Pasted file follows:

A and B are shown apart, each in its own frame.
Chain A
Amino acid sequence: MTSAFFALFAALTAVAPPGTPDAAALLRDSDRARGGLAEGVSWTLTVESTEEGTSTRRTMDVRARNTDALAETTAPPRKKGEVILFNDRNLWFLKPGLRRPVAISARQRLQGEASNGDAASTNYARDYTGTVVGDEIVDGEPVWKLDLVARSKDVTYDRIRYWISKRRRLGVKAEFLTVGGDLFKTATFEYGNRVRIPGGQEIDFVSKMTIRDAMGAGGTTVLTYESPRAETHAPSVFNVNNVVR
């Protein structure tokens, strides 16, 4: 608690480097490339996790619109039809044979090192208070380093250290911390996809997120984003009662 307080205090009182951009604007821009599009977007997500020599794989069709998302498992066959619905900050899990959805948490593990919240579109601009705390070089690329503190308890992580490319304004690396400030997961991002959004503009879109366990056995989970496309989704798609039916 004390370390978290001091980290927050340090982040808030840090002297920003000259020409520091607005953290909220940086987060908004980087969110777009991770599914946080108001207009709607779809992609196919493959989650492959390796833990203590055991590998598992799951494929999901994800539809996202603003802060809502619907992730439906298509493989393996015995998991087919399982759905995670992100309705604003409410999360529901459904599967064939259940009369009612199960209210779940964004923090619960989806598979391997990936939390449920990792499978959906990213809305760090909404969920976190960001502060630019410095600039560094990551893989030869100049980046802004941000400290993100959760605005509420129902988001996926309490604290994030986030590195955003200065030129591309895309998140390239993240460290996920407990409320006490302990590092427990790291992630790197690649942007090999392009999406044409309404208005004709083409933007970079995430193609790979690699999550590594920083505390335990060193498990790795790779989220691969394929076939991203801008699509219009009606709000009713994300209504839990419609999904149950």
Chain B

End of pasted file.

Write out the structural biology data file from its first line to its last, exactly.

A and B are shown apart, each in its own frame.
Chain A
Amino acid sequence: MTSAFFALFAALTAVAPPGTPDAAALLRDSDRARGGLAEGVSWTLTVESTEEGTSTRRTMDVRARNTDALAETTAPPRKKGEVILFNDRNLWFLKPGLRRPVAISARQRLQGEASNGDAASTNYARDYTGTVVGDEIVDGEPVWKLDLVARSKDVTYDRIRYWISKRRRLGVKAEFLTVGGDLFKTATFEYGNRVRIPGGQEIDFVSKMTIRDAMGAGGTTVLTYESPRAETHAPSVFNVNNVVR
């Protein structure tokens, strides 16, 4: 608690480097490339996790619109039809044979090192208070380093250290911390996809997120984003009662 307080205090009182951009604007821009599009977007997500020599794989069709998302498992066959619905900050899990959805948490593990919240579109601009705390070089690329503190308890992580490319304004690396400030997961991002959004503009879109366990056995989970496309989704798609039916 004390370390978290001091980290927050340090982040808030840090002297920003000259020409520091607005953290909220940086987060908004980087969110777009991770599914946080108001207009709607779809992609196919493959989650492959390796833990203590055991590998598992799951494929999901994800539809996202603003802060809502619907992730439906298509493989393996015995998991087919399982759905995670992100309705604003409410999360529901459904599967064939259940009369009612199960209210779940964004923090619960989806598979391997990936939390449920990792499978959906990213809305760090909404969920976190960001502060630019410095600039560094990551893989030869100049980046802004941000400290993100959760605005509420129902988001996926309490604290994030986030590195955003200065030129591309895309998140390239993240460290996920407990409320006490302990590092427990790291992630790197690649942007090999392009999406044409309404208005004709083409933007970079995430193609790979690699999550590594920083505390335990060193498990790795790779989220691969394929076939991203801008699509219009009606709000009713994300209504839990419609999904149950």
Chain B